The Hero of Luke’s Gospel did indeed come to establish a new Kingdom on Earth, but it was not at all the type of kingdom the people of Israel were expecting. While the stories of this passage may be very familiar to many people, (the blind man healed, Zacchaeus was a wee little man, and the parable of the ten minas) their context and purpose may not be so. I believe these two stories are placed at this point in the story to draw a stark contrast to what was about to happen in Jerusalem. The people were expecting Jesus to march into Jerusalem as a valiant hero and take over the place, establishing a physical Kingdom on Earth. Everyone was secretly jockeying for positions of power and influence in this new political order. Jesus was disturbed by this short-sidedness and materialistic perspective. So, as He nears the city, He demonstrates the true nature of His Kingdom. A poor blind man reaches out to Him in sincere faith, and Jesus heals him. The Kingdom of God on Earth. A short, wretched man — a tax collector — sincerely seeks Jesus in humility and Jesus comes into his house to bring about true repentence in his heart. The Kingdom of God on Earth. Jesus Kingdom is not about power or prestige or politics, not in the sense that we see all around us. Jesus’ Kingdom is about truth, repentence, humility, reconciliation, and service to God.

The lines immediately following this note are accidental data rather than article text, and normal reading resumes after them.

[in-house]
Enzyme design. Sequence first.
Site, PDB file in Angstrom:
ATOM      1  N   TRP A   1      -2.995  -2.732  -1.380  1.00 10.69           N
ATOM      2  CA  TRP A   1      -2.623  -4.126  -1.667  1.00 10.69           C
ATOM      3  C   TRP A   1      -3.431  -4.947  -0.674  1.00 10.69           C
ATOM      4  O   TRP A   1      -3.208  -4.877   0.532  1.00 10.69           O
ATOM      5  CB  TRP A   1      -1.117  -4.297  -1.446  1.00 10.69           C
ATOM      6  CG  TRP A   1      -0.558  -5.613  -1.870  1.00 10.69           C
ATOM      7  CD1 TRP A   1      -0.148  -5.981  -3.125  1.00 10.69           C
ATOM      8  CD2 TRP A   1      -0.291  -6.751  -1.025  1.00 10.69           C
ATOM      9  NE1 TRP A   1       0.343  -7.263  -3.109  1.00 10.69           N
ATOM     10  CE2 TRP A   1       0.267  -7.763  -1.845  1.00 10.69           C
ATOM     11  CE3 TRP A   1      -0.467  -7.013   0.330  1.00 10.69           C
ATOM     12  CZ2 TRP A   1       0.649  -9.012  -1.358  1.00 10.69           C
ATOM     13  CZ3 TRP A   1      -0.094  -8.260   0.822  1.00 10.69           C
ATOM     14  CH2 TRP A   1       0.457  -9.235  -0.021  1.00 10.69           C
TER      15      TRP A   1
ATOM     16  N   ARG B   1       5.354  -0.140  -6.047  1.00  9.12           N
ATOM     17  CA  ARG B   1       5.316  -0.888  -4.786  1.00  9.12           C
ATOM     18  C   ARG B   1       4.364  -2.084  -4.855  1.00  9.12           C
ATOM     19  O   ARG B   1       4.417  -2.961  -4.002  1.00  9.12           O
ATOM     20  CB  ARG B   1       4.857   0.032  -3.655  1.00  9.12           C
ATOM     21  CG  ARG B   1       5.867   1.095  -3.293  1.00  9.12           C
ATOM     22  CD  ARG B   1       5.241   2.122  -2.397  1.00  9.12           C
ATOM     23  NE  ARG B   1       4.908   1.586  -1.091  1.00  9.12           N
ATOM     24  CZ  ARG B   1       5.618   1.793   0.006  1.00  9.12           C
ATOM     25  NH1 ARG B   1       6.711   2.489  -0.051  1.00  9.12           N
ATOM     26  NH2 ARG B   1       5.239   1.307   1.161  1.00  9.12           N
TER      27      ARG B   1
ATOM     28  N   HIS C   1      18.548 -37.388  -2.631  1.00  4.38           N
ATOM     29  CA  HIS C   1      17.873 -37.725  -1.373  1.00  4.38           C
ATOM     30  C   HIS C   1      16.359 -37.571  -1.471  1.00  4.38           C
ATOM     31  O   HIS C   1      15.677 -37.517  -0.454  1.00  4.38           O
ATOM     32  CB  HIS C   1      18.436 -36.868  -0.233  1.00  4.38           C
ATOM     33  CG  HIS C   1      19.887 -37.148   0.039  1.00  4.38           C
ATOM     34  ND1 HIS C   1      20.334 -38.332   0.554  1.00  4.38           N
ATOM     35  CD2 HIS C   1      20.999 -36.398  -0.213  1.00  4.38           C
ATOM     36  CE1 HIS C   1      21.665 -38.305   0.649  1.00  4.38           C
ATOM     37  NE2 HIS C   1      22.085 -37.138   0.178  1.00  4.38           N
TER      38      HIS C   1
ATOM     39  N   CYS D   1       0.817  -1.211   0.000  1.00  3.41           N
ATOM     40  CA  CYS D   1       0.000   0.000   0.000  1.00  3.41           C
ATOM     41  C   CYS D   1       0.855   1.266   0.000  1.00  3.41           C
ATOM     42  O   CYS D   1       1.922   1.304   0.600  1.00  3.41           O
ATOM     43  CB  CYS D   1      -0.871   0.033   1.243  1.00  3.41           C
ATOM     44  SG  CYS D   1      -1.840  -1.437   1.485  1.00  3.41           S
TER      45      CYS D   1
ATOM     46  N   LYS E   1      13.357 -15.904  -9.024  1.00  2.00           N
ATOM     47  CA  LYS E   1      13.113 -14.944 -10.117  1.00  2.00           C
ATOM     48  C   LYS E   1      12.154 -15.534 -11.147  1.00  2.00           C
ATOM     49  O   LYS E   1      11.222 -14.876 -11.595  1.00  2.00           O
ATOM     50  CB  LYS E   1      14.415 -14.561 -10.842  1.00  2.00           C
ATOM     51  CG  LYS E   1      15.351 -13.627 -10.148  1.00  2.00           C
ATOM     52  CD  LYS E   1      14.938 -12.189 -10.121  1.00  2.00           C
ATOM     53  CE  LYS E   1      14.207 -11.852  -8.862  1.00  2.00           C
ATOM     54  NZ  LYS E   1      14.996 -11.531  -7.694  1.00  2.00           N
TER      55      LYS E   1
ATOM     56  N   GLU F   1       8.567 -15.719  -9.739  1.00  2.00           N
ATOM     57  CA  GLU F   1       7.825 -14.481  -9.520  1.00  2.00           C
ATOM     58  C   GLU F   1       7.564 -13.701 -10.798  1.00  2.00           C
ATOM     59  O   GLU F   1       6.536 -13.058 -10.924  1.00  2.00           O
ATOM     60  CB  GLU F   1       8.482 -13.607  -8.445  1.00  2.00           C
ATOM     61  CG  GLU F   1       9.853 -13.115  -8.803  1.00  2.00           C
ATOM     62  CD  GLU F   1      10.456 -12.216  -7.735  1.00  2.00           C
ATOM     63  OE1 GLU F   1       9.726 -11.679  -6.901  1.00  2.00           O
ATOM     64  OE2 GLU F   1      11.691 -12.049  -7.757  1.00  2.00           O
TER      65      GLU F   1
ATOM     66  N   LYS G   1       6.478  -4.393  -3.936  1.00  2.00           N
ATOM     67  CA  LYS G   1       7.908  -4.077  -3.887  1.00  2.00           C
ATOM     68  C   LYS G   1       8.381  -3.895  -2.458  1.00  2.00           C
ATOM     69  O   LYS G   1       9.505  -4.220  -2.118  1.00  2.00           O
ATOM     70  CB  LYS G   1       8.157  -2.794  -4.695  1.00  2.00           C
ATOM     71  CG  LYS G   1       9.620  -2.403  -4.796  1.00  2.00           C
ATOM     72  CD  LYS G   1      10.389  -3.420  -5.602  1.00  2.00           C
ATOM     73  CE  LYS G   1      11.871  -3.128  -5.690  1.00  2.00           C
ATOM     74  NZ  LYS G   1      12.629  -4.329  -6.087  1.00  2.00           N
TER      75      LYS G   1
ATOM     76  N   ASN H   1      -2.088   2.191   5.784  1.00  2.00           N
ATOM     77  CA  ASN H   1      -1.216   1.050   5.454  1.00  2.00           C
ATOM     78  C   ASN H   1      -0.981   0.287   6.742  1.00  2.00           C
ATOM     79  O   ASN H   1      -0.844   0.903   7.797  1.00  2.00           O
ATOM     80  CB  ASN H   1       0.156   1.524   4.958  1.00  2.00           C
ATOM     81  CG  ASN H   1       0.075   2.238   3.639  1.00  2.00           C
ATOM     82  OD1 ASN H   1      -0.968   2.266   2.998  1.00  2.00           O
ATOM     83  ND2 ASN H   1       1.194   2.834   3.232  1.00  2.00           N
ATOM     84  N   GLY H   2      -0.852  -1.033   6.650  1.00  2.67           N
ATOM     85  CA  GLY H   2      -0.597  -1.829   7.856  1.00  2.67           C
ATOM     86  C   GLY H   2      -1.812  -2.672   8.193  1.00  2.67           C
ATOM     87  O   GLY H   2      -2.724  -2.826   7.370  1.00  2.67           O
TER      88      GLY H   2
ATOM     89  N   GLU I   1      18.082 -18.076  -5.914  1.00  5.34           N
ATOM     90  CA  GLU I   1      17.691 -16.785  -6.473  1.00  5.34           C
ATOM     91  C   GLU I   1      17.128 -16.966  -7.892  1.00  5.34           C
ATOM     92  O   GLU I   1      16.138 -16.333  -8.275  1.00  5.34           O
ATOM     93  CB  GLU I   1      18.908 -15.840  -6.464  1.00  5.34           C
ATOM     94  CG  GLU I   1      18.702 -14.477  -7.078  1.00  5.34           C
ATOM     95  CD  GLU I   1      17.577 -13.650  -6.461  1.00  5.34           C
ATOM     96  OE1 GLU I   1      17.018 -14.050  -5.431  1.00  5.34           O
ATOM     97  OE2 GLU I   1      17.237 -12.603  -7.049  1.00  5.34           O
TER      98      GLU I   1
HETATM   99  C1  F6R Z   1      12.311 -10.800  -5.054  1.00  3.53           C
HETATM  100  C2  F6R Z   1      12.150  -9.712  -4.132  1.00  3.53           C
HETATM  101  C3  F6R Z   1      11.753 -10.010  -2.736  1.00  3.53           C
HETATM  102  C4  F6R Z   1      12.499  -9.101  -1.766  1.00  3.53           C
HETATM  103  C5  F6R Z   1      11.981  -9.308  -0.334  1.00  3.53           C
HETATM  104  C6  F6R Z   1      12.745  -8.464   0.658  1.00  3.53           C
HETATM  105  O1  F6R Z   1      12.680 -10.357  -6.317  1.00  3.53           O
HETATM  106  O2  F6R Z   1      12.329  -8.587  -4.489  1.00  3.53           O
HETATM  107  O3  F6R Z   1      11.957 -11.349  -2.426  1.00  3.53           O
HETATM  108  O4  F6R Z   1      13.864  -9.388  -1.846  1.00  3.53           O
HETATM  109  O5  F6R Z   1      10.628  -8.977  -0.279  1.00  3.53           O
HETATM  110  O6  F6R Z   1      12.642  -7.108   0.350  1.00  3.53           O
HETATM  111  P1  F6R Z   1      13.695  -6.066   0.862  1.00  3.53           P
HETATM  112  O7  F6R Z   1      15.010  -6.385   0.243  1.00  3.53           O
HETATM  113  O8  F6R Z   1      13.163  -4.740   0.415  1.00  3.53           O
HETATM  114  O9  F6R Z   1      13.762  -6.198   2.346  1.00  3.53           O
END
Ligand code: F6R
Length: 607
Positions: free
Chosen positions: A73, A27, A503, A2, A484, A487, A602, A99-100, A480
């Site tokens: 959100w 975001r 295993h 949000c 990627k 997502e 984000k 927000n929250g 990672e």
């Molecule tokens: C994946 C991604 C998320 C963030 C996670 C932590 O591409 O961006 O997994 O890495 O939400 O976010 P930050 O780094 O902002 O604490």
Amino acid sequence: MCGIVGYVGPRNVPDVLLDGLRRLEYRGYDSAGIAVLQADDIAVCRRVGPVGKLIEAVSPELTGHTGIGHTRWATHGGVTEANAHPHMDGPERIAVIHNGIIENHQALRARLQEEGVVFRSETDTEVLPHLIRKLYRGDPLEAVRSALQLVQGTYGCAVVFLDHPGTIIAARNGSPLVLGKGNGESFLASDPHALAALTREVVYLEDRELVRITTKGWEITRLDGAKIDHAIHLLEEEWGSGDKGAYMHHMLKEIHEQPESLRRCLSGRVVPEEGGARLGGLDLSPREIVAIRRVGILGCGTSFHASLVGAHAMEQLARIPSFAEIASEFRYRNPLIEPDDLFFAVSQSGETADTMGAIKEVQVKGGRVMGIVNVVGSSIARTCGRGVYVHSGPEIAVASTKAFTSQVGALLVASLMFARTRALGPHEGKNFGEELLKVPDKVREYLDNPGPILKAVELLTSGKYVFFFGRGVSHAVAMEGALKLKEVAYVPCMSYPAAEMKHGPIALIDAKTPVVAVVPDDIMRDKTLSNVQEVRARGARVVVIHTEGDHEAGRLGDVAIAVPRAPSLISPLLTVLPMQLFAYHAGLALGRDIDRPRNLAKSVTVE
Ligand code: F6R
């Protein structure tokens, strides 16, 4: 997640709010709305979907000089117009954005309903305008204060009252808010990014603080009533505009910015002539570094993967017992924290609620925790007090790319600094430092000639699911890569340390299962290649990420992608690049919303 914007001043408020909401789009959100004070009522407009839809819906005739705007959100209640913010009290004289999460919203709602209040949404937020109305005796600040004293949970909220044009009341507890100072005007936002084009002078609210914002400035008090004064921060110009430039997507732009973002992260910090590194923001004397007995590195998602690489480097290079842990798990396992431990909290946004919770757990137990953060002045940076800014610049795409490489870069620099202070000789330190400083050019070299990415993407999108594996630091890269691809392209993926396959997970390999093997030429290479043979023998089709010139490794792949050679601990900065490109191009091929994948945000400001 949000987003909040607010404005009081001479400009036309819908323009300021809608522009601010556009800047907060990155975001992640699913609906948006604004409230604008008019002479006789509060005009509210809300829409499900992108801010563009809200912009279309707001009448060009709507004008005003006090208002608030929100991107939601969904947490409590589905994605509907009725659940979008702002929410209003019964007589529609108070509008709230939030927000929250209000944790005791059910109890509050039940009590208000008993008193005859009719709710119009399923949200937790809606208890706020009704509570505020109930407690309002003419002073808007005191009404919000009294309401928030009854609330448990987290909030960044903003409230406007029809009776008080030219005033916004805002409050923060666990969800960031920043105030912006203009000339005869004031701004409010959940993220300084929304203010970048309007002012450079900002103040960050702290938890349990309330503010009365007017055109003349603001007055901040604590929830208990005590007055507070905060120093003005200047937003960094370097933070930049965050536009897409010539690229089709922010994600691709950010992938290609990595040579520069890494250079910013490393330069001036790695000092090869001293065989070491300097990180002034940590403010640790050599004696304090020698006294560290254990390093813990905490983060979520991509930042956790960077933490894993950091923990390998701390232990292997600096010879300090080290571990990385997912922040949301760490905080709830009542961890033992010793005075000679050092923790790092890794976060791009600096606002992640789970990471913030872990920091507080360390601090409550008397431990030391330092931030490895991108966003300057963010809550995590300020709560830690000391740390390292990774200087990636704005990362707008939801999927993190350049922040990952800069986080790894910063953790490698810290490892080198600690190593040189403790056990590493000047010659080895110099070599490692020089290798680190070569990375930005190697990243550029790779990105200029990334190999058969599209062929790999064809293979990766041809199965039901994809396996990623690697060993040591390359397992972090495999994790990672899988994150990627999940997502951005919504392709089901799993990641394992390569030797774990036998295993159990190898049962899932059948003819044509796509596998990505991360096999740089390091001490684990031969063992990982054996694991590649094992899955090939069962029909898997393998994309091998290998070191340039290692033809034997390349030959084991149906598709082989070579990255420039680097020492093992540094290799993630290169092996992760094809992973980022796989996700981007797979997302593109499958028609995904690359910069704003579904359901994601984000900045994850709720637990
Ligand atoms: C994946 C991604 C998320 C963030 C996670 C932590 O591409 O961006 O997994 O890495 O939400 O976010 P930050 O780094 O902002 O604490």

The story of these two men provides a nice summary of all the difficult teaching that Jesus had been dishing out over the preceding chapters. Then, as a final word of caution to His followers, He gives them a parable to keep them focused. He said that the Kingdom would not come right away in the physical sense that they were expecting. In fact, He was going to physically leave them to “work the field” so that the Kingdom of God might grow. He was going to leave each of them with responsibilities (minas) and expected that they would not get distracted by the things of this world but would work for the purposes of the Kingdom and show an increase when He returns.
That is our charge today. The King is still in a far country. We are left to work the soil, we each have a handful of minas that we have been given. When the Hero, the King, returns, what will we have to offer Him? Will we have used what He has given us to the fullest potential, or will we have buried them in a hole, swayed by the public opinion of our hero and afraid that His Kingdom would not be worth serving?
The Kingdom is real. The gift of the Holy Spirit is available to you, God has graciously poured it out on anyone who would sincerely seek it. The Spirit will enable you to serve in humility, to step out in faith without fear. God loves you and wants to see you flourish in His Kingdom. He wants to return and say, “Well done, good and faithful servant.”